One of the greatest unsolved mysteries of our universe is why normal matter—the stuff that makes up stars, planets, and our bodies—is so much more abundant than antimatter, an exotic material made of antiparticles that hold the opposite charge of regular particles.
Now, scientists have announced that they have manipulated antimatter for the very first time using a specialized laser, a major breakthrough that could shed light on this open question, among many others.
The novel technique successfully slowed antihydrogen particles down by cooling them to temperatures near absolute zero, an innovation that “has far-reaching implications for antimatter studies,” according to a paper published on Wednesday in Nature. The ability to analyze and manipulate antimatter will allow scientists to test fundamental hypotheses about the makeup of reality, for example if antimatter particles are really identical to matter except for their charge.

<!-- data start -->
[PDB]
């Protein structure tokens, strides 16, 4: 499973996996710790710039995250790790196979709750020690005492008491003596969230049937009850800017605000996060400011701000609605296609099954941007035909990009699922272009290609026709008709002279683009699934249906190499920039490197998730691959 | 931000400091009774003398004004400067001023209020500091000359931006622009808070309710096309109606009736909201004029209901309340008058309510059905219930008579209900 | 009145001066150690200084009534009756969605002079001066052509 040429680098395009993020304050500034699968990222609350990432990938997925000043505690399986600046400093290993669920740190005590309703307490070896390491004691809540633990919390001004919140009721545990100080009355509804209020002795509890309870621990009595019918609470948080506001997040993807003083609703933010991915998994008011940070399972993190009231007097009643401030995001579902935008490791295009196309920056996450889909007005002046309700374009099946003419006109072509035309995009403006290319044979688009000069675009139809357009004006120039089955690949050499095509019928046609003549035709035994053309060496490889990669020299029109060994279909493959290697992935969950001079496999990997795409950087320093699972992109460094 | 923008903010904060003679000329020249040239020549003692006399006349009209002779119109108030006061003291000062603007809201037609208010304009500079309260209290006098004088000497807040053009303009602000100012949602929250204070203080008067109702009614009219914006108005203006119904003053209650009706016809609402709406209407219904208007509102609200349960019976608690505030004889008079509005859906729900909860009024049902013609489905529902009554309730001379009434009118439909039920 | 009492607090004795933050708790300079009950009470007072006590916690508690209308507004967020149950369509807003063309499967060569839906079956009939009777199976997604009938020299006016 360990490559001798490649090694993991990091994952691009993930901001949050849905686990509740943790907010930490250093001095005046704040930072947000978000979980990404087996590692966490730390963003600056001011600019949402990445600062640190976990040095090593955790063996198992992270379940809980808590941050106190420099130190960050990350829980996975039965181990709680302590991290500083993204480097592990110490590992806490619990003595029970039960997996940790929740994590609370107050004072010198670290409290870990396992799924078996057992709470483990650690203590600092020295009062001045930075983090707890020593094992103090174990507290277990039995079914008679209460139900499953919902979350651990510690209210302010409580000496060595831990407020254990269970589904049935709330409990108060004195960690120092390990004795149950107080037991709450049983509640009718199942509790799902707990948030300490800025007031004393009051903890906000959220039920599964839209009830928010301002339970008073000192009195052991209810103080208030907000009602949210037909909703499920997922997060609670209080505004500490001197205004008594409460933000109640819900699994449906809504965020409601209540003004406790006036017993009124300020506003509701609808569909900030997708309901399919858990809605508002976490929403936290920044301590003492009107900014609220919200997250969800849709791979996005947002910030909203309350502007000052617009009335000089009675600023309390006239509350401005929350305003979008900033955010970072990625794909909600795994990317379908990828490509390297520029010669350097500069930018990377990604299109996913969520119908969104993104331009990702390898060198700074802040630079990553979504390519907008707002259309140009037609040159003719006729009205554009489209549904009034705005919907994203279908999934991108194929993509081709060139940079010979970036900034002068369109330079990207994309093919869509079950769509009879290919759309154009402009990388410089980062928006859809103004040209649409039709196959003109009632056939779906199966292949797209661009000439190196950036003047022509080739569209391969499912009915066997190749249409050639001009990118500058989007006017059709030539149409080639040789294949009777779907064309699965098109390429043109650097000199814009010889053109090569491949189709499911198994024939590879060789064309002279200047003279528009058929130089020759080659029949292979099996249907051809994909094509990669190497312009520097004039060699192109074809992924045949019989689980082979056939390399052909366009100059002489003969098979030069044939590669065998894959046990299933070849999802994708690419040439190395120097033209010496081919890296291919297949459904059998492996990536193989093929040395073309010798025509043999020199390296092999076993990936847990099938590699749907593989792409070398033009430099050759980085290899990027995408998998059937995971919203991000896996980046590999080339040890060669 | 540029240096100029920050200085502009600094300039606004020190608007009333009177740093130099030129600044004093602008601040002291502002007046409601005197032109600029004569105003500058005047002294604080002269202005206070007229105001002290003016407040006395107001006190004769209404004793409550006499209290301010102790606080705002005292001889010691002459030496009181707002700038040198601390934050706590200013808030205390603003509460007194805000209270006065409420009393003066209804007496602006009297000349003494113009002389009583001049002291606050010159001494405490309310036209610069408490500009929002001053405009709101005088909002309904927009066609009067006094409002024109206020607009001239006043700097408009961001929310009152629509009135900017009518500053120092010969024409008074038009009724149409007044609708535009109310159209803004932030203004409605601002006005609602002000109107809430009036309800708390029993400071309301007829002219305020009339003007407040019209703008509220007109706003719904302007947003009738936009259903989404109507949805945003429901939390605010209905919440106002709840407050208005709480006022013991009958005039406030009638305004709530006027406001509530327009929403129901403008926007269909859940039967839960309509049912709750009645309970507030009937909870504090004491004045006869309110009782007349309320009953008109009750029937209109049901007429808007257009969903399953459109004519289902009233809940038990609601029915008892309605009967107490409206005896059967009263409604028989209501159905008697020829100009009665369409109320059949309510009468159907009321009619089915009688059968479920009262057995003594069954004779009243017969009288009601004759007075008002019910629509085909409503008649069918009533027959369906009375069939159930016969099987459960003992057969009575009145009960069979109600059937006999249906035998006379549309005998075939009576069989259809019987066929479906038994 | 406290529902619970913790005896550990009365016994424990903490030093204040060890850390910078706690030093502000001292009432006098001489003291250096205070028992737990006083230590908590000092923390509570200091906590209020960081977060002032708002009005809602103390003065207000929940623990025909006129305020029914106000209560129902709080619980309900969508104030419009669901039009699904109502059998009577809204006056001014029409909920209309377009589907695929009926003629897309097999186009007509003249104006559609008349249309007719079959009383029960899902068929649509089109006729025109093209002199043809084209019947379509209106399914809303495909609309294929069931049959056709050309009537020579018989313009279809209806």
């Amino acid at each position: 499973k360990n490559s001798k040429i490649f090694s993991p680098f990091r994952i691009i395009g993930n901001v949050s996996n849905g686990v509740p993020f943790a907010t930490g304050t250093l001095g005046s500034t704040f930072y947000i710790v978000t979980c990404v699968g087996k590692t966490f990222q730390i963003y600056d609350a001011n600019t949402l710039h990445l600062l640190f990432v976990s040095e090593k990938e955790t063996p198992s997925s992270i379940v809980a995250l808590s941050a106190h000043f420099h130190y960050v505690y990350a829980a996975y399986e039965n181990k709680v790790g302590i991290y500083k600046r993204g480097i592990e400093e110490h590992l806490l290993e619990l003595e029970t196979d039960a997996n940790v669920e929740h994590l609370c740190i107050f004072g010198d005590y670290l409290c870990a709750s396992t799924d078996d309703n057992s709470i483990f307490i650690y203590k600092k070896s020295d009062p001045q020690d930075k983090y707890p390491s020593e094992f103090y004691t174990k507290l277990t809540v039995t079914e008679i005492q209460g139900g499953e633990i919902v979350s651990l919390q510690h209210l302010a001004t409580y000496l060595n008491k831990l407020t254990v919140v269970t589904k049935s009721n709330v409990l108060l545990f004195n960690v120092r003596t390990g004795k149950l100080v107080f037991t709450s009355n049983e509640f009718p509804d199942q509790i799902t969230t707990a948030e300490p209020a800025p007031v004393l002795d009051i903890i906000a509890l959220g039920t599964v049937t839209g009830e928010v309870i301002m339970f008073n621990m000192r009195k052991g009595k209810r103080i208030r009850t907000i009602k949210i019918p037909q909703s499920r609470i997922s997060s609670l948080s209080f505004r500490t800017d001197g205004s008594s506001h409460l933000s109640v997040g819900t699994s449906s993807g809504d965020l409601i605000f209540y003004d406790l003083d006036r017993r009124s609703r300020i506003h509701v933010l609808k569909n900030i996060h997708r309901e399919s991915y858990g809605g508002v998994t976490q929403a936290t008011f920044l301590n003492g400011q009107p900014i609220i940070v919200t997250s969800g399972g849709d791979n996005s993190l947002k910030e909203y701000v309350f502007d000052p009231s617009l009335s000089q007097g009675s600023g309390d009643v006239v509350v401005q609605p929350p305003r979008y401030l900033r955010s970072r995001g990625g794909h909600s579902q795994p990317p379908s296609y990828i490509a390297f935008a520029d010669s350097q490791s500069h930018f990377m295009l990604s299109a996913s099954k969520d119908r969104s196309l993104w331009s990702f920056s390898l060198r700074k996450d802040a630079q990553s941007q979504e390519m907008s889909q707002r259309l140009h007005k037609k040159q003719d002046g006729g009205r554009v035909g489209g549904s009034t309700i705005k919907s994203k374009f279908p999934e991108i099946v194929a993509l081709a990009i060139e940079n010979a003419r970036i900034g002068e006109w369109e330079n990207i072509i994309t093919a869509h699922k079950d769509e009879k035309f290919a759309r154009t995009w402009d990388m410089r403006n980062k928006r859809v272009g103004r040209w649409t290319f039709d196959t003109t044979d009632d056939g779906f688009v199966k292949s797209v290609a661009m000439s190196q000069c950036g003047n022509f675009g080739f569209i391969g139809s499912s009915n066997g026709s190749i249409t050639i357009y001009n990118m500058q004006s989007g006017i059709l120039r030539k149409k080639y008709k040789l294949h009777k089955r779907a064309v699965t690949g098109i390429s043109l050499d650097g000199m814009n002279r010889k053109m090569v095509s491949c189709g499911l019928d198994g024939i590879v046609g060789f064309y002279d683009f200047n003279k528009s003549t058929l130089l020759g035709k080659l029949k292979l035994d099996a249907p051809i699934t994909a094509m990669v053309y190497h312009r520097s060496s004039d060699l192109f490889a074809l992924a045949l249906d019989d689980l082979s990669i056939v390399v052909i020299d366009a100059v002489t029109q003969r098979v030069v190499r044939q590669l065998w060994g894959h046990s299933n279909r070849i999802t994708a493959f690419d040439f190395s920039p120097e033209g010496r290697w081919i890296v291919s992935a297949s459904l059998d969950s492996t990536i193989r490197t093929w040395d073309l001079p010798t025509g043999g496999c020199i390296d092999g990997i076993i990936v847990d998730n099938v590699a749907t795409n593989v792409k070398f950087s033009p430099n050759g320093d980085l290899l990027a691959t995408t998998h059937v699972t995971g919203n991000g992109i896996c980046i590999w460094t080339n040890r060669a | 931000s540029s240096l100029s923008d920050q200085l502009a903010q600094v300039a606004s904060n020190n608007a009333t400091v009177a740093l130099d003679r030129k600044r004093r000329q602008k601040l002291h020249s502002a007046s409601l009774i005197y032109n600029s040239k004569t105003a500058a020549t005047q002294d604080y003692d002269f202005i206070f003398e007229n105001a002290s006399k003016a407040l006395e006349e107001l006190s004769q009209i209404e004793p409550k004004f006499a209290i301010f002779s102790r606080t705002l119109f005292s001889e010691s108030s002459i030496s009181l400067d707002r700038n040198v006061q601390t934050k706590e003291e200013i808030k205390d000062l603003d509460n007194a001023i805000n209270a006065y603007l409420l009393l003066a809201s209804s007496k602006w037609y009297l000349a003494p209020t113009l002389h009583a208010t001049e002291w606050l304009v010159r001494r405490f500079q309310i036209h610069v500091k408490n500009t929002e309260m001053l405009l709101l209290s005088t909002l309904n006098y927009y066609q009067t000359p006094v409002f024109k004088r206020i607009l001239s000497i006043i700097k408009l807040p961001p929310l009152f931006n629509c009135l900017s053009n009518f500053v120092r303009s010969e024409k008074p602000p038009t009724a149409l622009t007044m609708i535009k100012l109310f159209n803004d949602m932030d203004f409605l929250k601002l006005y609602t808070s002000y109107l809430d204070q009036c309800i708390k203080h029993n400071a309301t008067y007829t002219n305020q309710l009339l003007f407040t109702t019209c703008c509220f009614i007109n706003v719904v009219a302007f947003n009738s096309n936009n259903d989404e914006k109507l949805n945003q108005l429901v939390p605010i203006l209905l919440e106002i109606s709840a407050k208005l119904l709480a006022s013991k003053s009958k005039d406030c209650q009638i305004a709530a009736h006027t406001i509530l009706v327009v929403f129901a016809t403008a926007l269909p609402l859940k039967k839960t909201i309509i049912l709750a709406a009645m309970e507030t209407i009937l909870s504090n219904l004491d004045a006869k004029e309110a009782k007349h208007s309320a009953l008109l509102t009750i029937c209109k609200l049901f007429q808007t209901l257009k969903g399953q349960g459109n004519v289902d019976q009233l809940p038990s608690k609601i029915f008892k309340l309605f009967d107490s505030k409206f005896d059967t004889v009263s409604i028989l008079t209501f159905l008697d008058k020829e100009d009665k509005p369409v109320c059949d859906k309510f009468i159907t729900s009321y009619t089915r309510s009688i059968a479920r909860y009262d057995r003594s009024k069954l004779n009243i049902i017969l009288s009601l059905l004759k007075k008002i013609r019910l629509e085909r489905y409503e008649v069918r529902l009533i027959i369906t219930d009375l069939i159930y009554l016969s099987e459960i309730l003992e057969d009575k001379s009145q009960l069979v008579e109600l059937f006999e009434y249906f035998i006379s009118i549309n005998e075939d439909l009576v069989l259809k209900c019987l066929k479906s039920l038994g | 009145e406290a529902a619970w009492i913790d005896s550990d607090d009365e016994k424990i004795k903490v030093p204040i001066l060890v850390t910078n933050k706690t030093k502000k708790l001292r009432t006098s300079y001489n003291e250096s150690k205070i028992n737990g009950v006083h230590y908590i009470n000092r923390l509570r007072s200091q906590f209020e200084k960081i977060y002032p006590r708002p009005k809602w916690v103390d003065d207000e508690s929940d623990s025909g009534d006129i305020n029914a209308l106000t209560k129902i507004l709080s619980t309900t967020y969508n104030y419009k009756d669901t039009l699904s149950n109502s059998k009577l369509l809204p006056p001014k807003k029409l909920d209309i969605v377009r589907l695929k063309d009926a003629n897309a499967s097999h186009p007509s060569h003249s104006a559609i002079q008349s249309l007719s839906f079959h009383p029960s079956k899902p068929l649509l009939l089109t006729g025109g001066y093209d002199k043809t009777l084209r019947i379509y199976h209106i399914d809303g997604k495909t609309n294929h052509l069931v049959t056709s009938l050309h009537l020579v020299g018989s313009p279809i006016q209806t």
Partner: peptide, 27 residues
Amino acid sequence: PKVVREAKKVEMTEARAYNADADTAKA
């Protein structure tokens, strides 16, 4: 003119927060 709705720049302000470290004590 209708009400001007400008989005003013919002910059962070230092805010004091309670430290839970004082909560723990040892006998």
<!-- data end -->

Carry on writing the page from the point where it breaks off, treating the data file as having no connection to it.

The milestone was achieved by the Antihydrogen Laser Physics Apparatus (ALPHA) project, an international collaboration based at European Organization for Nuclear Research (CERN) in Geneva. For team members like Makoto Fujiwara, a researcher at the University of British Columbia’s TRIUMF laboratory and the spokesperson for ALPHA-Canada, the new study is the culmination of decades of imagination and grit.